french-canadian, Genealogy, New France, Quebec

Census Results for New France Online

If you think the census is a modern invention, think again. The Nouvelle-France.org collection of archival treasures includes a number of censuses taken in New France. They can be found on the New France Archives site http://nouvelle-france.org by searching for recensements (censuses). The search brings you to this page: http://nouvelle-france.org/eng/Pages/list.aspx?k=Recensements&

This database includes 265 population census returns of New France (Nouvelle-France) and Acadia (Acadie). All are digitized versions of the original documents. Beyond 1760, the census results include pockets of former French citizens in small regions of Quebec or in the Maritime Provinces. The 1756-09-27 census (database item 12496) addresses the Acadian refugees on Ïle-St-Jean, which is present-day Prince Edward Island.

These documents have not been indexed so you will have to browse through them to find your own ancestors, but they are fun to look at. It helps if you have at least a rudimentary French vocabulary, and the beautiful old handwriting is an additional challenge, or bonus, depending on how you look at it. If you have difficulty reading it, try this website on paleography, the study of handwriting: https://paleography.library.utoronto.ca/

For example, database item number 30692, is a census of Canada, including the Quebec City area, Montreal and Trois-Rivières, taken in 1666, and stored today at the Archives nationales d’outre-mer (the Overseas National Archives) in France.

 

On the first page of this document, you will see an entry for a habitant family. The heading reads Quallitez et Mestiers, or quality (meaning discerning) and trade or occupation. The first family is that of Estienne Racine (Estienne or Etienne means Steven) habitant (tenant farmer), age 59, his wife (sa femme), his sons (fils) and daughters (fille.) and a hired domestic. Many of the other people counted in this census were members of religious orders.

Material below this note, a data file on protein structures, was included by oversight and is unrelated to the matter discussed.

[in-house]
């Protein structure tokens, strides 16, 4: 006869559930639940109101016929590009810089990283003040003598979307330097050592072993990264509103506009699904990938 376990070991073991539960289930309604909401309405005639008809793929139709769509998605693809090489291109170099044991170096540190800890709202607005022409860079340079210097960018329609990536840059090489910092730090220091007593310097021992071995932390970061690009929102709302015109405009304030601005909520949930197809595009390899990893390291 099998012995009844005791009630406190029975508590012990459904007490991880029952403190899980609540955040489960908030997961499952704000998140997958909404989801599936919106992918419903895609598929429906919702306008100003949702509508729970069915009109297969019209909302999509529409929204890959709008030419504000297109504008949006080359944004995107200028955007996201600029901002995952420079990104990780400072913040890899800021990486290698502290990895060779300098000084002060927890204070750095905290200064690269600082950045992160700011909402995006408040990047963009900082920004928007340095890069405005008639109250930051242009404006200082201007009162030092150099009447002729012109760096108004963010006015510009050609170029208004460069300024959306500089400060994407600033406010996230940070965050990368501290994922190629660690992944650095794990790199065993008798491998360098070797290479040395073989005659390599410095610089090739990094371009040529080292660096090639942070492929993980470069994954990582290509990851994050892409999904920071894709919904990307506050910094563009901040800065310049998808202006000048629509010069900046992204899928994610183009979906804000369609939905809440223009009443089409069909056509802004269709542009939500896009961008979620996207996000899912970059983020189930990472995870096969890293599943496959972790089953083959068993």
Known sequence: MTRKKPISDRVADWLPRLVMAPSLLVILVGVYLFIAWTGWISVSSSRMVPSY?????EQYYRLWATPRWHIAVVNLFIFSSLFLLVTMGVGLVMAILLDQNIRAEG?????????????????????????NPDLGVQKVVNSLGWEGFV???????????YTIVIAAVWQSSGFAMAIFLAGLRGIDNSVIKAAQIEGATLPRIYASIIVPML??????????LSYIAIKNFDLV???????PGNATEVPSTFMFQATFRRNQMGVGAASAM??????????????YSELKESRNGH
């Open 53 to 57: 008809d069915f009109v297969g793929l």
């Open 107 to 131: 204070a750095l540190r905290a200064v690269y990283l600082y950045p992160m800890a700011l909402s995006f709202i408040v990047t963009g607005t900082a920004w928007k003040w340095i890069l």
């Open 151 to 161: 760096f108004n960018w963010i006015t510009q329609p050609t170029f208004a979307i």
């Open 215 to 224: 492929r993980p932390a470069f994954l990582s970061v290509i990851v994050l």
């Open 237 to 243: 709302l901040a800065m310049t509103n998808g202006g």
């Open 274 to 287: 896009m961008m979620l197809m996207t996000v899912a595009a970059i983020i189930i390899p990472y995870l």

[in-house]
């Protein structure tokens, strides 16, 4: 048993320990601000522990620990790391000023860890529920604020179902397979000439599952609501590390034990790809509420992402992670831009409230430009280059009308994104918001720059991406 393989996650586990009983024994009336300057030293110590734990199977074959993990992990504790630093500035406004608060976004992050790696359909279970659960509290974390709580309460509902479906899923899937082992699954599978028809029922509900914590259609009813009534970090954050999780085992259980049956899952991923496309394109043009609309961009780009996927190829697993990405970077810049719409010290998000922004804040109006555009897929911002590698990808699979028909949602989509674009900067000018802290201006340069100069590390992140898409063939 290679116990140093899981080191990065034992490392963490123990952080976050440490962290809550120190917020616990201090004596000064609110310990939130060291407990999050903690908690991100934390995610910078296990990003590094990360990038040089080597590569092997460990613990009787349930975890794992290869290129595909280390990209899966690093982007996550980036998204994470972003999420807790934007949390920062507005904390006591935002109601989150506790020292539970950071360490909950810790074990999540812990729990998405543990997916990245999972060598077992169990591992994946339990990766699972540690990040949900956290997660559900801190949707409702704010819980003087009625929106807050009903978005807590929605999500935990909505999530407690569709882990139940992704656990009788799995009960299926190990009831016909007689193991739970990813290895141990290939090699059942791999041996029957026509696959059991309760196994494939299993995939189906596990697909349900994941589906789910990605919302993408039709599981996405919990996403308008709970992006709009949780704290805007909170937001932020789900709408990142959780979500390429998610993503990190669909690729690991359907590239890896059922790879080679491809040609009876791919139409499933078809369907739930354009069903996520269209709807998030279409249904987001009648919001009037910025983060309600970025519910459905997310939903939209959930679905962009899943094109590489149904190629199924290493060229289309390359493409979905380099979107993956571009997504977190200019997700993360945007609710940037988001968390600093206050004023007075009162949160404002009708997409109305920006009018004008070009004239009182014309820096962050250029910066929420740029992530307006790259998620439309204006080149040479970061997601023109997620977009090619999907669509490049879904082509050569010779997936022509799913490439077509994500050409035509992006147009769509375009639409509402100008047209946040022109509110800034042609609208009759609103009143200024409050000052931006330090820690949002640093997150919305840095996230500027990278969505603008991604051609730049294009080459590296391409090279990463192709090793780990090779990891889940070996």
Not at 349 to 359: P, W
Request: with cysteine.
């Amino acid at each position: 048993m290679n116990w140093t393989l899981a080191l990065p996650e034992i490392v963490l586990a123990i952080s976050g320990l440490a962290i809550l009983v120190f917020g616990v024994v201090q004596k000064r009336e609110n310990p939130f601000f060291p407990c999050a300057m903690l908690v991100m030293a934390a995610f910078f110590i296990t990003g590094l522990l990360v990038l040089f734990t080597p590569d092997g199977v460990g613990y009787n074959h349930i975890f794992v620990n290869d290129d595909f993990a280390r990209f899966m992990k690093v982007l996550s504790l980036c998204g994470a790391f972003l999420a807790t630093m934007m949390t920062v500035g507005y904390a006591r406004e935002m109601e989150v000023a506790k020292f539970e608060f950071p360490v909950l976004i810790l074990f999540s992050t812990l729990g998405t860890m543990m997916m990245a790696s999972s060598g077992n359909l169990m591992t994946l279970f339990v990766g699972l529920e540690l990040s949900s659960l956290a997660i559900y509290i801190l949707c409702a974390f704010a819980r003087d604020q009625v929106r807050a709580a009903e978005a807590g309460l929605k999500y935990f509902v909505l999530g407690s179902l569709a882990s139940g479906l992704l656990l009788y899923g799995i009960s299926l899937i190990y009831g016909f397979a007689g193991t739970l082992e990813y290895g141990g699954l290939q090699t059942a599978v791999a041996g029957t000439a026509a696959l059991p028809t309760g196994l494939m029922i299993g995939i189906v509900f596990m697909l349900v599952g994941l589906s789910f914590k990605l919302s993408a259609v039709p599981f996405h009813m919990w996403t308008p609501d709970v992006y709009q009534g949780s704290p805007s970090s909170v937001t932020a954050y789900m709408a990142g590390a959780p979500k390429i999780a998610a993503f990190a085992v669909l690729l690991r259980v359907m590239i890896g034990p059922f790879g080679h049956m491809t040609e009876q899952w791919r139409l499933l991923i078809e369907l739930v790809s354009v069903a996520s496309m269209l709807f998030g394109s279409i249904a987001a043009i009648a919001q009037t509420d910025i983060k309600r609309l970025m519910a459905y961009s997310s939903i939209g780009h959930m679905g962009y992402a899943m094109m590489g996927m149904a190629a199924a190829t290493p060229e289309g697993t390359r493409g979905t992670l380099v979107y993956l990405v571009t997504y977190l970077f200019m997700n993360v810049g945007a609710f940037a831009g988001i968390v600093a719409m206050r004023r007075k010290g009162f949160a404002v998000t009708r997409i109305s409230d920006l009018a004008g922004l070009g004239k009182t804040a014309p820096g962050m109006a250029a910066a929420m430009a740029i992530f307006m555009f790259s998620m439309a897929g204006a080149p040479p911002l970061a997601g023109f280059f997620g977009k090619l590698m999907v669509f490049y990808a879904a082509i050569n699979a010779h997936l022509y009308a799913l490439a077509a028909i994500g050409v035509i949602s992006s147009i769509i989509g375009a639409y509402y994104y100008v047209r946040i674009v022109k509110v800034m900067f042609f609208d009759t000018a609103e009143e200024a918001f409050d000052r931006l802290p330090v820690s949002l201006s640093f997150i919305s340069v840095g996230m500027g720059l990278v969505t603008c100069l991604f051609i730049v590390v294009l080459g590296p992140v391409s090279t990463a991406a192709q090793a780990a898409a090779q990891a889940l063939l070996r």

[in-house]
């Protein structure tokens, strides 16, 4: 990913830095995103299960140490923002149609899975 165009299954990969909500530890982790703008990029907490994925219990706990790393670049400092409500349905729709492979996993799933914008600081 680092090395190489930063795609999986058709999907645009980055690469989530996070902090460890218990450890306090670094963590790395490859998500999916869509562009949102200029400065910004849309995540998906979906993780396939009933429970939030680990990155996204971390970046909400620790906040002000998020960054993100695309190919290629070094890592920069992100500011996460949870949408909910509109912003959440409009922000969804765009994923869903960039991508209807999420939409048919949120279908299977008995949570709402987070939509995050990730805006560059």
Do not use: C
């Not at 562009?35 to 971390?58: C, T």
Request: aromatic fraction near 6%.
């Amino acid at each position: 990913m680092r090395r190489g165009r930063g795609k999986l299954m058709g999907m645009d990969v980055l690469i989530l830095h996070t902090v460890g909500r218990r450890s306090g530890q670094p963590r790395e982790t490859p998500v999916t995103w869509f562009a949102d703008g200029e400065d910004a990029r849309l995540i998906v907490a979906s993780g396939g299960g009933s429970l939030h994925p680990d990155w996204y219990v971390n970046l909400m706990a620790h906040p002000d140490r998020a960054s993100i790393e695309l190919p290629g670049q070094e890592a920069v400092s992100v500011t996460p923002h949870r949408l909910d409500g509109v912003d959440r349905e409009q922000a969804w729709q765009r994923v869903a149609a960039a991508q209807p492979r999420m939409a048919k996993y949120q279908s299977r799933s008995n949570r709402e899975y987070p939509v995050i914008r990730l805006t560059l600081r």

The New France Archives project brings together digitized results from four archives in France and Canada: Library Archives Canada/Bibliothèque et Archives Canada, A.N.O.N Archives nationales d’outre-mer (France), Archives nationales (France) and BAnQ Bibliothèque et Archives nationales du Québec.

  

 

Genealogy, Military history, Ontario, Social history

Further Information is Being Withheld

Davison Sutherland, my grandfather’s cousin’s life was entwined with the city of Toronto. He was born there, went to Jarvis Collegiate, obtained an engineering degree from the University of Toronto and then worked for the city his whole career.